There’s an unwritten rule that when a team doubles in size, all of your systems and processes will break. I’ve lived through this several times first-hand and have dealt with the aftermath of trying to rebuild processes and select new tools and software to use with rapidly changing variables.
In today’s ecosystem, I would argue there are more variables changing than ever before. So how can you approach making decisions about the tools your product management team will use? And how will you get buy-in from your product team and other internal stakeholders in the organization?
Before jumping into any decisions about tools and thinking about how to get people on board with using them, making sure you understand your foundational building blocks is crucial - what is the current context you’re dealing with? What are your constraints? What could both of these look like in the future?
Making sure the problem you are solving is clearly defined
Understanding the company purpose, company goals, and “what success looks like”
Having a product vision, product strategy, product principles, and product roadmap
Understanding the current team makeup and key stakeholders that need to plug into product work and that product work needs to plug into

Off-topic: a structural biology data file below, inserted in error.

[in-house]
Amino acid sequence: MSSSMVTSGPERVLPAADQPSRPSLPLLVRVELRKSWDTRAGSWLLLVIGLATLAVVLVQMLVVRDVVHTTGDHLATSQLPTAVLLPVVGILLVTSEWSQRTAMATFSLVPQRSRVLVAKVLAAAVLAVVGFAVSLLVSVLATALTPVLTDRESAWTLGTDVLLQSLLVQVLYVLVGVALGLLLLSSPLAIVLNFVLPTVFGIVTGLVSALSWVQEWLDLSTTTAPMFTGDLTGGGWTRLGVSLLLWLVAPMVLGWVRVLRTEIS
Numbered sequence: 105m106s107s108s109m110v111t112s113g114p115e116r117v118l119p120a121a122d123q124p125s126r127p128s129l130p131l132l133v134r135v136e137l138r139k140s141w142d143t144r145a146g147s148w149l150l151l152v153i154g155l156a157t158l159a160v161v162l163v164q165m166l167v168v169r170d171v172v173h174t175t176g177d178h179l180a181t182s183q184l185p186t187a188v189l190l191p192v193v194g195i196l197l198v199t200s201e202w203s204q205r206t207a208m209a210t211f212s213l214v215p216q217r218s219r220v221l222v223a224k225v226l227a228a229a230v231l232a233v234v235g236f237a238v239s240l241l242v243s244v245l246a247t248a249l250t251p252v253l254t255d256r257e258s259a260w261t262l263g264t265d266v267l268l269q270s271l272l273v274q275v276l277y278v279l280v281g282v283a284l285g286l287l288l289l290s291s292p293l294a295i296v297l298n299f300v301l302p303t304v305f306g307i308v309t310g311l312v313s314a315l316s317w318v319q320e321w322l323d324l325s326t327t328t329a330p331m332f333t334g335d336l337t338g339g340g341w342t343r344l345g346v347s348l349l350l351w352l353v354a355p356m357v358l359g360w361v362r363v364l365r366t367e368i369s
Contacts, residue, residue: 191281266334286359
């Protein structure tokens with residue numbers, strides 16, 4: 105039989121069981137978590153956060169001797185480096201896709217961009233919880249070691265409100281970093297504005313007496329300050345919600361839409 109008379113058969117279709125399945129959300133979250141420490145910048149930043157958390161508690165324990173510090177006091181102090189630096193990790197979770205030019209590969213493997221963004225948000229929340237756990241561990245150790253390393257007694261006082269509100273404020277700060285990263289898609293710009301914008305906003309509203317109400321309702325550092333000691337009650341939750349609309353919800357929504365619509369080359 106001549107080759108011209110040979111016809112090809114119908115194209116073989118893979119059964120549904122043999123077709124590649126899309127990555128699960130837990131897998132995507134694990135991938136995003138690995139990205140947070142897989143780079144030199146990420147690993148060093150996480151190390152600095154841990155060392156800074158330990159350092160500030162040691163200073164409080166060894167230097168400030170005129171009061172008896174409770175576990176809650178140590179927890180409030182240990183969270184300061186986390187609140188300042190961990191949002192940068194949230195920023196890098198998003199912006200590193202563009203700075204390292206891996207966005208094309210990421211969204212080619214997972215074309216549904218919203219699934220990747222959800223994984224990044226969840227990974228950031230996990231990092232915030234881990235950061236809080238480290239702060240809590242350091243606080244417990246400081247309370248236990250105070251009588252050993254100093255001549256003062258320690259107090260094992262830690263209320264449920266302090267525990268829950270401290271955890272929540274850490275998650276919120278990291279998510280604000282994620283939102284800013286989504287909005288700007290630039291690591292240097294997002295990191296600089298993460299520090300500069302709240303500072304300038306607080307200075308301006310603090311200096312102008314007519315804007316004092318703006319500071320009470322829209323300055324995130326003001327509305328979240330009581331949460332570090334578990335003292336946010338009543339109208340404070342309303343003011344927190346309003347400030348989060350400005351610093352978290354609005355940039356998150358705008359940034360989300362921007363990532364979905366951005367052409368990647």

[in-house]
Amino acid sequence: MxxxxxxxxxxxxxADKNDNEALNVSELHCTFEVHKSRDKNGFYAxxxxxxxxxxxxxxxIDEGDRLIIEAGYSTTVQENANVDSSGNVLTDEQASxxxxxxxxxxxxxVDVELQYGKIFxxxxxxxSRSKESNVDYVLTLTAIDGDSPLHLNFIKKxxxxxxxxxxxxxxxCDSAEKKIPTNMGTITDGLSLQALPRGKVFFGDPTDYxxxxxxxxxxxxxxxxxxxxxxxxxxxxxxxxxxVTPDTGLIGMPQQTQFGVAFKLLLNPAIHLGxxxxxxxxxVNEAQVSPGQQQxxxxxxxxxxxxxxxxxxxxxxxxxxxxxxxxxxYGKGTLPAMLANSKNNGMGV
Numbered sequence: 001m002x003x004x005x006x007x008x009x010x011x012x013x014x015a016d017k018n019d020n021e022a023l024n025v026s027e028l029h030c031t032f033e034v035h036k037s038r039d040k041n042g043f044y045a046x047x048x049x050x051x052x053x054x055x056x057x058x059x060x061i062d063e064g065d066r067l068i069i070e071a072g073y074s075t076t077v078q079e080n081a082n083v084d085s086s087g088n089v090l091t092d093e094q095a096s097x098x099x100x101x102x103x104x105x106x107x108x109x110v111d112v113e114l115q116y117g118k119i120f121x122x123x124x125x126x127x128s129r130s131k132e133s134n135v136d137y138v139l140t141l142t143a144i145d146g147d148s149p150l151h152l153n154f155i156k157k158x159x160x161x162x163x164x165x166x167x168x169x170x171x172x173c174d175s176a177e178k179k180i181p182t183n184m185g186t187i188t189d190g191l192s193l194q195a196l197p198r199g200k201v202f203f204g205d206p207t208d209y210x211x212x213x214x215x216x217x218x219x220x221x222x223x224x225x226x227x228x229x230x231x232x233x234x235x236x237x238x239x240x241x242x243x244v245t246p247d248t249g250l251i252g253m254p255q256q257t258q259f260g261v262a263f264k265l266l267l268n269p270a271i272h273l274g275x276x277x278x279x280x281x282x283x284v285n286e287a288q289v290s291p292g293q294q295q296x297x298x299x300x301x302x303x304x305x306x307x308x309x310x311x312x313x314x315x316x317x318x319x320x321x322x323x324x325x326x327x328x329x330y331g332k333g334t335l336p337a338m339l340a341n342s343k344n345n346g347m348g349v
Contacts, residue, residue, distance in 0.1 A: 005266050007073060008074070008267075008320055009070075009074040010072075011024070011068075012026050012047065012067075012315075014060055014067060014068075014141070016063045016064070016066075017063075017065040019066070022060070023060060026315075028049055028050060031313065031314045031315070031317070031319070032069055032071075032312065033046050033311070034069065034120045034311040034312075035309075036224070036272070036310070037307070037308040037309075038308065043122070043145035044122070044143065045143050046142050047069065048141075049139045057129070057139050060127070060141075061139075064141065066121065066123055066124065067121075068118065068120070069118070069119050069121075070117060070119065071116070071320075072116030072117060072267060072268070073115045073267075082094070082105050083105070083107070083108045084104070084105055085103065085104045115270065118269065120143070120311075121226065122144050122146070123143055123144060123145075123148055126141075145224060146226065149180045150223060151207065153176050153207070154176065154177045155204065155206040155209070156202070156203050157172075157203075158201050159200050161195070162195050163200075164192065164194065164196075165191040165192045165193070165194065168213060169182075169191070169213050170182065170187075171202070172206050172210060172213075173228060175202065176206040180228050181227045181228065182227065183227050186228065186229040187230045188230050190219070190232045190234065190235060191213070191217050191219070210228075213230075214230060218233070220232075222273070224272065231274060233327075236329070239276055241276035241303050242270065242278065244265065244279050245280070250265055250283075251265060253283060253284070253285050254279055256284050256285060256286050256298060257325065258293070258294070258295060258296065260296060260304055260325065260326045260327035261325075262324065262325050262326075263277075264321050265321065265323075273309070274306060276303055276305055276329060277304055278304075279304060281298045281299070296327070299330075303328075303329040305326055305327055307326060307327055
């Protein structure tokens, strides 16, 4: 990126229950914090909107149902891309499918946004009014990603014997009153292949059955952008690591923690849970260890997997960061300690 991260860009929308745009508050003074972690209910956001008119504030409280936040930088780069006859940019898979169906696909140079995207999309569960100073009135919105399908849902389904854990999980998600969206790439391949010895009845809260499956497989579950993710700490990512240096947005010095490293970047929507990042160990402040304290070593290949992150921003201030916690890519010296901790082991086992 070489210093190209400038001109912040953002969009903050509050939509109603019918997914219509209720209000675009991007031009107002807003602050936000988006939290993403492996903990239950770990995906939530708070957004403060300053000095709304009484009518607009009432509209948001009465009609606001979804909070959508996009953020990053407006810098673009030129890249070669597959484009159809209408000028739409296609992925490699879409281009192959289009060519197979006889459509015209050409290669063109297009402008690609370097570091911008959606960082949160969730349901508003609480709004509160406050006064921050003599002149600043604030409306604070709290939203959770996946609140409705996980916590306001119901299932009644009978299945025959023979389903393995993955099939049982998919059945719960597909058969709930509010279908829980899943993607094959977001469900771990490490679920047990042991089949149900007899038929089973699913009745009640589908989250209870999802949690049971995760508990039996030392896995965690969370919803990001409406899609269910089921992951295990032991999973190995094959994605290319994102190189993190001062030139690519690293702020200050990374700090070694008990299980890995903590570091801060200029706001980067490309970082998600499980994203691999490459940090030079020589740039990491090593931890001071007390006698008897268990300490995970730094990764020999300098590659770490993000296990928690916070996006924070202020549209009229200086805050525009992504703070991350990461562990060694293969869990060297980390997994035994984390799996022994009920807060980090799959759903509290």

Knowing what the team and company constraints look like (i.e. technical capabilities, team bandwidth, team/company resources)
Knowing what internal processes currently look like (i.e. product development process, decision-making processes, leadership calibration processes)
Knowing how these variables could change over time (i.e. Could the team grow substantially? Could your product offering expand?)
(You can check out the Essential Context list here as well).
These things are important to understand because they help you frame the landscape you’re dealing with really well so you can know if bringing in new software at this point will be a good fit for you and actually help rather than hinder your team.
When deciding whether or not a new software is right for your team, consider this - any new tool (and/or process that comes along with it) that you introduce should:
Be simple: If a new tool or process makes things significantly more complicated, it should not be implemented.
Provide transparency: Everyone in the company should be able to understand how it’s being used and where you are in the process at any given time.
Be easily communicated: If any changes need to happen, people should easily understand the thing that needs to change and why and easily adopt it.
Be adaptable: Things can change rapidly. A new tool should help you build flexible processes that can be scaled later.
Be timely: It should facilitate getting things done efficiently vs. slowing things down.
Foster collaboration: Each team should know when and how their input is needed and how it contributes to your larger objectives.
Say you’re currently experiencing issues with your current product management software platform that includes roadmapping tools that are supposed to empower your team from product vision to delivery and you’re investigating new platforms to switch to. Once you think you have found some suitable alternatives, getting buy-in (the process of influencing those around you to convince them that an idea should be invested in) will be your next challenge. Without it, you're at a loss. Even if you implement the proposed change, if you don’t have buy-in and it isn’t widely adopted all of your efforts will have been for nothing.